14. Archives: South African Medical Journal

    African Journals Online (AJOL)

    Items 1 - 50 of 351 ... AJOL African Journals Online. HOW TO USE AJOL... for Researchers · for Librarians · for Authors · FAQ's · More about AJOL · AJOL's Partners · Terms and Conditions of Use · Contact AJOL · News. OTHER RESOURCES... for Researchers · for Journals · for Authors · for Policy Makers · about Open Access ...

  15. African Journals Online: South Africa

    African Journals Online (AJOL)

    Items 1 - 50 of 96 ... African Journal for Physical Activity and Health Sciences ... confirmation of previous findings, application of new teaching/coaching techniques and research notes. ... Manuscripts are considered for publication in AJPHES based on the .... that affect forage production of rangelands and pastures in Africa.

  16. An overview of South African psychology.

    Science.gov (United States)

    Cooper, Saths; Nicholas, Lionel

    2012-01-01

    This overview of psychology in South Africa presents a concise and historical account of its science and practice, from its early origins in the late nineteenth century to the present, and traces seminal influences on the discipline. It is a review of how psychology in South Africa developed over more than a century to become one of the most popular subjects in universities and an established and recognized profession, whose members play a variety of roles in the South African polity and larger society. The impact that apartheid racism had on key aspects of psychology's development is traversed, and the influences that previous ruling party politics had on professional psychological organizations are delineated. The unification of psychology under the Psychological Society of South Africa, a few months before the advent of democracy in South Africa, is explicated. The protection of the title of psychologist in law and certain other changes in the legislative environment, enabling a greater role for psychologists, are reported. The primary research sites for psychology and its funding and the main university psychology programs are described, as are the requirements for registration and licensure. The genesis and the importance of the work of internationally acclaimed South African psychologists, such as J. Wolpe and A. A. Lazarus, are contextualized. With the increased participation of progressive black psychologists in leadership and research in the past two decades, a transformed psychology has the potential to play a significant role in addressing human issues confronting South Africa.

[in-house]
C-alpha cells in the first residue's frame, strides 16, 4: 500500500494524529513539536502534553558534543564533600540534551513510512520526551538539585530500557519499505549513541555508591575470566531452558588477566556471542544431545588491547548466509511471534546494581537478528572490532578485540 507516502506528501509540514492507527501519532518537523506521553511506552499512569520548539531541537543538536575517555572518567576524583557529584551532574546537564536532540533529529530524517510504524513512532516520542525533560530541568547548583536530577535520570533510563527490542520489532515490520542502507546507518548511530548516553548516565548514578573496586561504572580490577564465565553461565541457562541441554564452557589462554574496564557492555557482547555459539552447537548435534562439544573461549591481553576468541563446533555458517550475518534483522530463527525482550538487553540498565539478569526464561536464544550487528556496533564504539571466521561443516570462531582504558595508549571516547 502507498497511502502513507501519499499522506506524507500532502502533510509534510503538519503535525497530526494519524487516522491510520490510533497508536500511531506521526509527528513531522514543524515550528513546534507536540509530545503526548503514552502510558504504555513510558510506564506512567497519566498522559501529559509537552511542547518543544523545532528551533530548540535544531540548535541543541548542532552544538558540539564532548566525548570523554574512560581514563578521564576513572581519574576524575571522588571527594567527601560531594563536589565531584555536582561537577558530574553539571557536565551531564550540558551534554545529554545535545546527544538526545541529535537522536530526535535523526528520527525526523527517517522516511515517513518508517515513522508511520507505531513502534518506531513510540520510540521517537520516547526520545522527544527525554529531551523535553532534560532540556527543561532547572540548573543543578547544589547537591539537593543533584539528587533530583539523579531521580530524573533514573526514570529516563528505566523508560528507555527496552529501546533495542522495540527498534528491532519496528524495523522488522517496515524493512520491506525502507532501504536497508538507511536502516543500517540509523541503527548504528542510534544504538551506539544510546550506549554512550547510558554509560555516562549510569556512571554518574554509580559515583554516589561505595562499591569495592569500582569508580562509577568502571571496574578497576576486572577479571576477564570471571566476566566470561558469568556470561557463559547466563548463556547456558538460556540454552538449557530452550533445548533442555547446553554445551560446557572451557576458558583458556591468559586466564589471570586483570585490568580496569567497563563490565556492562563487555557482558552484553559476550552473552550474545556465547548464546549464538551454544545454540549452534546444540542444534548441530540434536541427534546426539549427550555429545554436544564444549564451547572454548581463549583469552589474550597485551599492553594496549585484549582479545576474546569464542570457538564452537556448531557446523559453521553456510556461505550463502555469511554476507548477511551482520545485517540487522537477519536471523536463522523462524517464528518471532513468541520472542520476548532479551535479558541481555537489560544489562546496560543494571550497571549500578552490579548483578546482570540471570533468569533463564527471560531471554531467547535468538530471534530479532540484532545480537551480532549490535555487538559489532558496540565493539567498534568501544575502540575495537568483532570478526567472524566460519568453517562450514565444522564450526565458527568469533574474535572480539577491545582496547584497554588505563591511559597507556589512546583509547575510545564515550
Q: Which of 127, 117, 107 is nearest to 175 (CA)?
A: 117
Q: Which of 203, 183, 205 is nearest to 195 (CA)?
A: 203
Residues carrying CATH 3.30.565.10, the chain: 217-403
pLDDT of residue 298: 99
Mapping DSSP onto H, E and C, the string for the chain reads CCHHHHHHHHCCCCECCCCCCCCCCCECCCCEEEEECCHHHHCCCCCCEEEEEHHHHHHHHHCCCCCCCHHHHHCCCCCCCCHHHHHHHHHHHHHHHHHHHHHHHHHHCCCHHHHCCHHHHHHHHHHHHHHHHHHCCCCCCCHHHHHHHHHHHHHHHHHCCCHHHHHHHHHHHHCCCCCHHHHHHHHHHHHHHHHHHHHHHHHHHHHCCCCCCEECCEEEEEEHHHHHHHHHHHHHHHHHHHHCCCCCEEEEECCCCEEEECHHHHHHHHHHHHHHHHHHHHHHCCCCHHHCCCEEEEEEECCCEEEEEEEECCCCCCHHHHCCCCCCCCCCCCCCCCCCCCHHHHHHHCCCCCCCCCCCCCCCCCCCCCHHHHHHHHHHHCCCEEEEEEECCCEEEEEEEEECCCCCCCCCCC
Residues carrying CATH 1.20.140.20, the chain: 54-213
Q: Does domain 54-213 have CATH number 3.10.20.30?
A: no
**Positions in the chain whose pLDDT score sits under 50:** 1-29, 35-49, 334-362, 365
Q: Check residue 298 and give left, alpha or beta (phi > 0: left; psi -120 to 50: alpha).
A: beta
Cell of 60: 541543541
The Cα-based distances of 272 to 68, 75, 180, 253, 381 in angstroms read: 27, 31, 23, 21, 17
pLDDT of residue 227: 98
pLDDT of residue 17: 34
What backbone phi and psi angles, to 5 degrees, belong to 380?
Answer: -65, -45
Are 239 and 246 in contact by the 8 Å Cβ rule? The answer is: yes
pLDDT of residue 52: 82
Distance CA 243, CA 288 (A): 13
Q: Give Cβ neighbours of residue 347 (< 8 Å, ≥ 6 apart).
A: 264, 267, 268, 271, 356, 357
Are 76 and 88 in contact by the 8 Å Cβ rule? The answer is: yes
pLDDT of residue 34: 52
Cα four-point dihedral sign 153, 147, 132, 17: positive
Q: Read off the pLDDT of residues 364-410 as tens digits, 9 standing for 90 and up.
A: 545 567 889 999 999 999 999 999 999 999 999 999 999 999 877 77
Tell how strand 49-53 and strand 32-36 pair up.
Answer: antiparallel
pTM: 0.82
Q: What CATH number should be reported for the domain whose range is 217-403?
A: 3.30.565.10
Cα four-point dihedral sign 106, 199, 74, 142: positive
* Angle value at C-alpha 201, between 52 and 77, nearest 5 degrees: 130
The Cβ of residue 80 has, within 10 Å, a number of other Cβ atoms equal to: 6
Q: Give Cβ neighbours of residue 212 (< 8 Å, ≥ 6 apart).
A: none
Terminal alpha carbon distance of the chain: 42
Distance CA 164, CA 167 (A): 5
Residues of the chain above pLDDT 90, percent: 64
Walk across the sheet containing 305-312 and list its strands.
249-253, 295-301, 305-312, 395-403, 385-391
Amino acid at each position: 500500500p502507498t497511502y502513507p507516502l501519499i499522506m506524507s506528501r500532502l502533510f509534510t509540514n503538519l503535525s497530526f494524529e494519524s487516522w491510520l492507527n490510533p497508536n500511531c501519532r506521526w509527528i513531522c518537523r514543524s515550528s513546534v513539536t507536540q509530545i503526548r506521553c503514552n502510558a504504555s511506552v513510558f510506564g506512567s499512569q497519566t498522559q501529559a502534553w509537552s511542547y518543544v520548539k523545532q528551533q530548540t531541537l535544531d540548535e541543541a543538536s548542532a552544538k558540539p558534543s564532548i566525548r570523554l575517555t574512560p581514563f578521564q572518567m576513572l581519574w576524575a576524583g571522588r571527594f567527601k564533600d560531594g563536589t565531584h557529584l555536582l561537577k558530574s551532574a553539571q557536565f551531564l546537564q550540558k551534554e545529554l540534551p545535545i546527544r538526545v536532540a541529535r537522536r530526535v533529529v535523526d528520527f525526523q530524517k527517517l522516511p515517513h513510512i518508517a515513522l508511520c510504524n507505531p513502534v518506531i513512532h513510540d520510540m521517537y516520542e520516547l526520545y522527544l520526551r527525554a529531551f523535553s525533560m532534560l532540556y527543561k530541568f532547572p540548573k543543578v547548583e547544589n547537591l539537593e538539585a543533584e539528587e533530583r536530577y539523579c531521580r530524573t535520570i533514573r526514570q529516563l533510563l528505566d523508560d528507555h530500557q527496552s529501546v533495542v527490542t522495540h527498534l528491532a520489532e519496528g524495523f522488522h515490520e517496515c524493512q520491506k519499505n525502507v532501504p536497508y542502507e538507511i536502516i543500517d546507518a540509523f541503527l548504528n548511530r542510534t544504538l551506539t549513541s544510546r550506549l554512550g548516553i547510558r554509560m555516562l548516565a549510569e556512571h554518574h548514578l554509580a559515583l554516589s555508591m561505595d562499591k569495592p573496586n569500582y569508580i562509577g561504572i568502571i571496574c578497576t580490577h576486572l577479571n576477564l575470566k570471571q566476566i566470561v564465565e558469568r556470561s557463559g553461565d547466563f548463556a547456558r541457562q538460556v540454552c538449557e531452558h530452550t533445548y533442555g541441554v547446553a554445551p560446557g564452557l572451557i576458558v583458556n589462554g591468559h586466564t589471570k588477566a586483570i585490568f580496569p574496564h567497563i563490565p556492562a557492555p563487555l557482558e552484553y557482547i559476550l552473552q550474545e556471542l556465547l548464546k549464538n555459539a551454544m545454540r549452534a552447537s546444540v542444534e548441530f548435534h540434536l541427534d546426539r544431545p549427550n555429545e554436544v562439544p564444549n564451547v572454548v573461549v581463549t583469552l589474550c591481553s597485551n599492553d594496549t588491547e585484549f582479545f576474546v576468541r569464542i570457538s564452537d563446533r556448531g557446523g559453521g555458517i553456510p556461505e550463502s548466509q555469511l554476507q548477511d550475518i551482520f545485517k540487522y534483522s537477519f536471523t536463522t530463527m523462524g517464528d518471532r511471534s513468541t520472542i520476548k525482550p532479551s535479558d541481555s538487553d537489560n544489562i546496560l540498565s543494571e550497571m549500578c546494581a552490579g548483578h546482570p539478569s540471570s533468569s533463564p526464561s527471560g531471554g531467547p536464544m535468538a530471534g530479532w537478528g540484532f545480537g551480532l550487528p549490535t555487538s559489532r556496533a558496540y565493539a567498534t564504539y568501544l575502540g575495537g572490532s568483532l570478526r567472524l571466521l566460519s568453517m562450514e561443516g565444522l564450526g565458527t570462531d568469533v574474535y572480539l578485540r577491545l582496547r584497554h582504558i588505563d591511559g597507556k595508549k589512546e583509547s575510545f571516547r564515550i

17. Human embryonic stem cell (hES derived dendritic cells are functionally normal and are susceptible to HIV-1 infection

    Directory of Open Access Journals (Sweden)

    Bandi Sriram

    2008-01-01

    Full Text Available Abstract Background Human embryonic stem (hES cells hold considerable promise for cell replacement and gene therapies. Their remarkable properties of pluripotency, self-renewal, and tractability for genetic modification potentially allows for the production of sizeable quantities of therapeutic cells of the hematopoietic lineage. Dendritic cells (DC arise from CD34+ hematopoietic progenitor cells (HPCs and are important in many innate and adaptive immune functions. With respect to HIV-1 infection, DCs play an important role in the efficient capture and transfer of the virus to susceptible cells. With an aim of generating DCs from a renewable source for HIV-1 studies, here we evaluated the capacity of hES cell derived CD34+ cells to give rise to DCs which can support HIV-1 infection. Results Undifferentiated hES cells were cultured on S17 mouse bone marrow stromal cell layers to derive CD34+ HPCs which were subsequently grown in specific cytokine differentiation media to promote the development of DCs. The hES derived DCs (hES-DC were subjected to phenotypic and functional analyses and compared with DCs derived from fetal liver CD34+ HPC (FL-DC. The mature hES-DCs displayed typical DC morphology consisting of veiled stellate cells. The hES-DCs also displayed characteristic phenotypic surface markers CD1a, HLA-DR, B7.1, B7.2, and DC-SIGN. The hES-DCs were found to be capable of antigen uptake and stimulating naïve allogeneic CD4+ T cells in a mixed leukocyte reaction assay. Furthermore, the hES-DCs supported productive HIV-1 viral infection akin to standard DCs. Conclusion Phenotypically normal and functionally competent DCs that support HIV-1 infection can be derived from hES cells. hES-DCs can now be exploited in applied immunology and HIV-1 infection studies. Using gene therapy approaches, it is now possible to generate HIV-1 resistant DCs from anti-HIV gene transduced hES-CD34+ hematopoietic progenitor cells.